Archive for June, 2009
Back in June 14th, 2006, Edward O. Wilson delivered a public talk at the American Museum of Natural History in New York (the transcript of which can be read here) on the occasion of his then recently published anthology Nature Revealed: Selected Writings, 1949-2006. I wasn’t going to miss the event, and went to the public section of the museum down from the Ivory Tower research floor of the Division of Invertebrate Zoology.
The head of an ant in frontal view has a couple of holes usually located in the area between the mouth and the place where the antennae are inserted. These holes look intriguing from the outside– Are they part of a sensing organ? Do they secrete a special chemical signal or defense substance through them? Are they use for breeding? The answer is more mundane than that. As I mentioned in an earlier post, most of what one sees in the outer surface of the arthropod’s exoskeleton does not have an external function, but is rather a symptom of the inside working in these wonderful machines. These particular holes mark the places where the cuticle invaginates to form the internal skeleton of the insect cranium known as the tentorium. The external holes produced by these invaginations are thus termed the tentorial pits.
By CLAUDIA DREIFUS
Published: June 16, 2009
At 72, Bert Hölldobler, a professor of life sciences at Arizona State University and a professor emeritus at the University of Würzburg in Germany, is one of the world’s great ant experts. Along with his collaborator, E. O. Wilson, Dr. Hölldobler won a Pulitzer Prize in 1991 for “The Ants.” The two wrote a second book in 2008, “The Superorganism: The Beauty, Elegance and Strangeness of Insect Societies.”
Q. DO YOU CALL AN EXTERMINATOR WHEN ANTS INFEST YOUR KITCHEN?
A. No, I don’t mind them. Listen, if you have ants in the house, you take a wet towel and detergent and you wipe over their trail. Do this a couple of times and they’ll stay out. People come up after speeches and say, “But what can we do, we have ants?” I say, “Buy a magnifying glass and enjoy watching them.”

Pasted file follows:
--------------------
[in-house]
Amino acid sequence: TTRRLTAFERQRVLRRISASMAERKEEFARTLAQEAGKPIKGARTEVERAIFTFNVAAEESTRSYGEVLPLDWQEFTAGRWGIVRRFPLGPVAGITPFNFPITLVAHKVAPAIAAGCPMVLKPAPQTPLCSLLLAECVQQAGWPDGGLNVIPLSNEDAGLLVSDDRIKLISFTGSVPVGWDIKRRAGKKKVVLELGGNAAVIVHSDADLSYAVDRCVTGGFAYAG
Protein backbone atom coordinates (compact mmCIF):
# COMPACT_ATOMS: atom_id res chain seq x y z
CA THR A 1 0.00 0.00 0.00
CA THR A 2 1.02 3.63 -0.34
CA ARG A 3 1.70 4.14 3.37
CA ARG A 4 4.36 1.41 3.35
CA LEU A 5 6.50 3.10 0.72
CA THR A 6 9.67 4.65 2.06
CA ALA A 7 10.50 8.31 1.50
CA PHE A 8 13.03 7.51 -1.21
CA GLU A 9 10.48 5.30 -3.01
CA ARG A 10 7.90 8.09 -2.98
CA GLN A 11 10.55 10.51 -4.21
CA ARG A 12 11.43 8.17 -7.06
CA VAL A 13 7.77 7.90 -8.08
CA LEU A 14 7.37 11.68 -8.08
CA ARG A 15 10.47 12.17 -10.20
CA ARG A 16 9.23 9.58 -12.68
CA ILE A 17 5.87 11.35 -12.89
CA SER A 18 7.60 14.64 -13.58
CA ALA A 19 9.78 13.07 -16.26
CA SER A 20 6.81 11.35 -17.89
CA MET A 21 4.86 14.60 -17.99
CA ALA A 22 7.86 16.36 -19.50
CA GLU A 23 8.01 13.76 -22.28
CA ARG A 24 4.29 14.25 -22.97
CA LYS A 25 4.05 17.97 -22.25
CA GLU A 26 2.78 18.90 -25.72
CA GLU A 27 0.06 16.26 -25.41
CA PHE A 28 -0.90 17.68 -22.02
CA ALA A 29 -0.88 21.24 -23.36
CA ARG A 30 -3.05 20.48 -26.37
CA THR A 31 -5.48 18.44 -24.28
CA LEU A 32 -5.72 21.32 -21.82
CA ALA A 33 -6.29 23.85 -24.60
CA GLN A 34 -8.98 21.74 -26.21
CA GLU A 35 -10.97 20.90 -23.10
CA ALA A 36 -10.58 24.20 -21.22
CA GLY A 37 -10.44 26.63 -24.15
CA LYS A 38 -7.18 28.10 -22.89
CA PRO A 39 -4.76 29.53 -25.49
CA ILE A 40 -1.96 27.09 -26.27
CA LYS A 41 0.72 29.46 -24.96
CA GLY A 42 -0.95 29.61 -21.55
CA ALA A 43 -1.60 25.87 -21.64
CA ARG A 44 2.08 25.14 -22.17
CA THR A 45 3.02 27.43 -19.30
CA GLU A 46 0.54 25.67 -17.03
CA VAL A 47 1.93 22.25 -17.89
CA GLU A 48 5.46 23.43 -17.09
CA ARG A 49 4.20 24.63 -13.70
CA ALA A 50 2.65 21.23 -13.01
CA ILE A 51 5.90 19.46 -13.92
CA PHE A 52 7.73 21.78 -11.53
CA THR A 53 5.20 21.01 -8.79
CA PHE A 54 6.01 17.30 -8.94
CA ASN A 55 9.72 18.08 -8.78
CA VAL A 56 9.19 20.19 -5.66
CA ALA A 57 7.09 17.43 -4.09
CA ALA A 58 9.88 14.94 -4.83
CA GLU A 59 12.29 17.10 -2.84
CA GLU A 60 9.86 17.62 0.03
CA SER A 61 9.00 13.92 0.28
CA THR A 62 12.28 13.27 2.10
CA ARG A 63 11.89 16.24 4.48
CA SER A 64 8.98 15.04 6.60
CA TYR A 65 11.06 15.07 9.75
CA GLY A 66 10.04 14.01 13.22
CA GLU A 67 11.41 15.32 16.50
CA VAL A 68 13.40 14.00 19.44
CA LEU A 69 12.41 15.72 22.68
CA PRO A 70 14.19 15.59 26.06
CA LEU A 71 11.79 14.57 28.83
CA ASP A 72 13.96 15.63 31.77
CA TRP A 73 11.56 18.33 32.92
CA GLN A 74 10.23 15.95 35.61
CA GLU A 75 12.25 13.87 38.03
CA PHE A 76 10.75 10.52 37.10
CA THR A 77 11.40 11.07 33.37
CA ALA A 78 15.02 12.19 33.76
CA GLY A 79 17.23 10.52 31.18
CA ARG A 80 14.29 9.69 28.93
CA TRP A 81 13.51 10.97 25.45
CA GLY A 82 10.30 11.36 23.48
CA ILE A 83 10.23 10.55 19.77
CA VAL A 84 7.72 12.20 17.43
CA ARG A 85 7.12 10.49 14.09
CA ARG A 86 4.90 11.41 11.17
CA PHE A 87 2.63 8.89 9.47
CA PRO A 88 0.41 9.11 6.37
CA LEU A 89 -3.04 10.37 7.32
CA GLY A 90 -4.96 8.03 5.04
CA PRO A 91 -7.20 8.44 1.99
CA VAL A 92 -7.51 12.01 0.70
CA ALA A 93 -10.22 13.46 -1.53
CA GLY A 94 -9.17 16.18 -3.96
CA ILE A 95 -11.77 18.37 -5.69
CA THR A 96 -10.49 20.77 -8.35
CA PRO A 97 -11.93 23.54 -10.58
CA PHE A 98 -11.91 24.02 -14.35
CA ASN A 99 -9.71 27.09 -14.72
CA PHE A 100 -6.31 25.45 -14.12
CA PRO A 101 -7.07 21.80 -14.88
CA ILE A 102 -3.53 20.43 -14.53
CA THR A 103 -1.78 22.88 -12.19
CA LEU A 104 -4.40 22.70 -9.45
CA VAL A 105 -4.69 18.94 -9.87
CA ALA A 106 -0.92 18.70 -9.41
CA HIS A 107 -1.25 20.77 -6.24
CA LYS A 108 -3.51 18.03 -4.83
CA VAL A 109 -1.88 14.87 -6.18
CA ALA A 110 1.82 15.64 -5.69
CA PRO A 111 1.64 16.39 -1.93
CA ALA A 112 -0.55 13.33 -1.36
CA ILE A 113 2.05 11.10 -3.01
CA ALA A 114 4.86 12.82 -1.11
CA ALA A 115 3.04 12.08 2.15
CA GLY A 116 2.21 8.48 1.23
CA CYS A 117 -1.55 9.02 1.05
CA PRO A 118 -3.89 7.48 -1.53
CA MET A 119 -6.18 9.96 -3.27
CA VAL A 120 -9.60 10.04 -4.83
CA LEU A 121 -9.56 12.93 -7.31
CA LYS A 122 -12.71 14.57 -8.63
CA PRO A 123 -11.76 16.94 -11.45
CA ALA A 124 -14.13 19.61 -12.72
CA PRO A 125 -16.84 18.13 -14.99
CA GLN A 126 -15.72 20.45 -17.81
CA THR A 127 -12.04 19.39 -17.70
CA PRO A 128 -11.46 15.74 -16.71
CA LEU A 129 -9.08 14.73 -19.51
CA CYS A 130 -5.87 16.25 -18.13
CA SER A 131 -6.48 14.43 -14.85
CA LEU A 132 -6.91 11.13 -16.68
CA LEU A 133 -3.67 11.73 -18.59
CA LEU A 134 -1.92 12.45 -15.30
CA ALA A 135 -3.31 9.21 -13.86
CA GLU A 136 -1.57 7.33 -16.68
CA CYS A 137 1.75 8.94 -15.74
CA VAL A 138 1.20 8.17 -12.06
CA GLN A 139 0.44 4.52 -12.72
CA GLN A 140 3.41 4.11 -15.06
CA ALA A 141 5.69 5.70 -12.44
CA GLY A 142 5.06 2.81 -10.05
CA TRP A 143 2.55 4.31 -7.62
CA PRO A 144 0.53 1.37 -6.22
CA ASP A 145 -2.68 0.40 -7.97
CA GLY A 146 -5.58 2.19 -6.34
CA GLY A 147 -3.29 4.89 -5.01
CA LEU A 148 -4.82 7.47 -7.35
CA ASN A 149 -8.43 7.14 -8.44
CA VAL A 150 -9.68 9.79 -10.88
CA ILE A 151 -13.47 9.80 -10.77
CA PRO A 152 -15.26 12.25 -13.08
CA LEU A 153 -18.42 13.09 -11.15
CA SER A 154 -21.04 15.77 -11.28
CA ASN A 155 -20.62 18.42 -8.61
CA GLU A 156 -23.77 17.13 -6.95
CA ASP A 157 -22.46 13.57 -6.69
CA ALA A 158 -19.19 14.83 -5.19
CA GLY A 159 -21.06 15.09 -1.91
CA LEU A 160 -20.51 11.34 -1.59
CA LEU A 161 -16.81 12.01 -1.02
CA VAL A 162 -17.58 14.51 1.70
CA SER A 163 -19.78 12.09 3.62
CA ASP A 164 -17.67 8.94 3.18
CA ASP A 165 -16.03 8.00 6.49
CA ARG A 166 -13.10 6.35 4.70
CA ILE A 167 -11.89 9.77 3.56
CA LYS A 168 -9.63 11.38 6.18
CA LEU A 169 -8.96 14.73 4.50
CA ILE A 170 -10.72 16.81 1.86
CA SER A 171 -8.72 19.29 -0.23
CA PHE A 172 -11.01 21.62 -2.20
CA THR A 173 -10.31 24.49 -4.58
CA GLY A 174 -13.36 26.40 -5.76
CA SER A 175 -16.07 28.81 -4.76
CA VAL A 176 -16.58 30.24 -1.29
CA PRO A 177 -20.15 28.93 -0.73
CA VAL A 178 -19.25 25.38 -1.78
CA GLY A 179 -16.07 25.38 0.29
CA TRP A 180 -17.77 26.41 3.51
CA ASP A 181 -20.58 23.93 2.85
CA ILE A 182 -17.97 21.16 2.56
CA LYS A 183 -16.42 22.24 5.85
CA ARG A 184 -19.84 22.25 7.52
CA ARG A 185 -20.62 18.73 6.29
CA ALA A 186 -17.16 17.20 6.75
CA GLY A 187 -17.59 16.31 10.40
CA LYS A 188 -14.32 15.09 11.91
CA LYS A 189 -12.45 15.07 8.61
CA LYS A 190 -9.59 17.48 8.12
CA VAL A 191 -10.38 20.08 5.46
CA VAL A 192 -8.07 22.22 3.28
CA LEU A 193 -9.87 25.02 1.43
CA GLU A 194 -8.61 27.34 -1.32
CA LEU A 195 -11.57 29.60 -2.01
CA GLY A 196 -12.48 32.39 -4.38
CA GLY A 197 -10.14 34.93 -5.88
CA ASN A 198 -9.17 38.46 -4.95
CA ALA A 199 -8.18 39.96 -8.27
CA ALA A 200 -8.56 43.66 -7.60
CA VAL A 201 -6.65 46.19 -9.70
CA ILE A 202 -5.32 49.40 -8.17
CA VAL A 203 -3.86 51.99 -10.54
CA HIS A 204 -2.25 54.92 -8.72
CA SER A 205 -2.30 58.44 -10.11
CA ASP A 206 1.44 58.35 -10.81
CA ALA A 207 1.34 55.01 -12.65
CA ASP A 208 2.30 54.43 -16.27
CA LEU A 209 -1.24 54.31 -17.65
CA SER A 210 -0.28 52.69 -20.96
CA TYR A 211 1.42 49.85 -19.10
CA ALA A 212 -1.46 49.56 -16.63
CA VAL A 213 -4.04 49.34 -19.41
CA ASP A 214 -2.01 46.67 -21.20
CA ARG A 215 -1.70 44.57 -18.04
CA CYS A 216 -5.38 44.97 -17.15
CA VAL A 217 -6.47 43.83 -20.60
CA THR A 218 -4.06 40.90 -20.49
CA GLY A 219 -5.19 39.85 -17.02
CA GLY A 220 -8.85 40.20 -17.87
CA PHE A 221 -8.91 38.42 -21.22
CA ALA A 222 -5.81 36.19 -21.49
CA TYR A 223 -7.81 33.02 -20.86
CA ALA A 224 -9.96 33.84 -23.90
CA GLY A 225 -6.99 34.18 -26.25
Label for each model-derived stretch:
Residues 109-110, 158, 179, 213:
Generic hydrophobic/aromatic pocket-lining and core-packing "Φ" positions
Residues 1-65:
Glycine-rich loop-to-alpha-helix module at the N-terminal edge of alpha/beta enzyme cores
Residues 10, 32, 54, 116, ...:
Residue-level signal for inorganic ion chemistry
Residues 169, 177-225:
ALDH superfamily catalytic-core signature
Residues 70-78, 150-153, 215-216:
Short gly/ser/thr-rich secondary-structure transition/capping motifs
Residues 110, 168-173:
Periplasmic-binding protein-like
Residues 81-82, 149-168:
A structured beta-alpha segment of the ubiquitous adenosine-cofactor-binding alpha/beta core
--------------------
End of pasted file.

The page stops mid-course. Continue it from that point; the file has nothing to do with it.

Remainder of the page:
Read the complete interview at the New York Time’s website here.
I recently traveled to Andalusia, in the southern part of the Iberian Peninsula, to meet fellow myrmecologists Christian Peeters, from the Université Pierre et Marie Curie, and Alberto Tinaut, from Universidad de Granada. The reason for my trip was that I am fortunately enough to have been invited to collaborate in one of their ongoing projects studying the native ant species Monomorium algiricum. We set out to collect some colonies of this species as well as some others in the genus.
In the absence of specific arguments to the contrary, shared patterns of gene expression should not lead us, per se, to homologise organs that a comparative morphologist would never try to compare.[p.23]
Alessandro Minelli 2003. The Development of Animal Form: Ontogeny, Morphology, and Evolution. Cambridge University Press. Cambridge.
The easiest way to know you are looking at an ant is to pay attention to its waist: if it consists of one or two nicely isolated segments you can be sure you made a positive identification. The basal condition for the family, common to all ants, is to have the second abdominal segment in the shape of a node or scale and distinctly isolated from the rest of the abdomen to form a petiole (remember that the first abdominal segment is coupled to the thorax as the propodeum). The functional advantage of such novel architecture seems to be an enhanced articulation between body segments, and thus greater mobility for a posterior part of the body that bears the ant’s weapons in the form of a sting or other specialized chemical producing organs like the acidopore.1
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- This post is dedicated to my long time friend and colleague Francisco Vergara-Silva ↩
- Tom Waits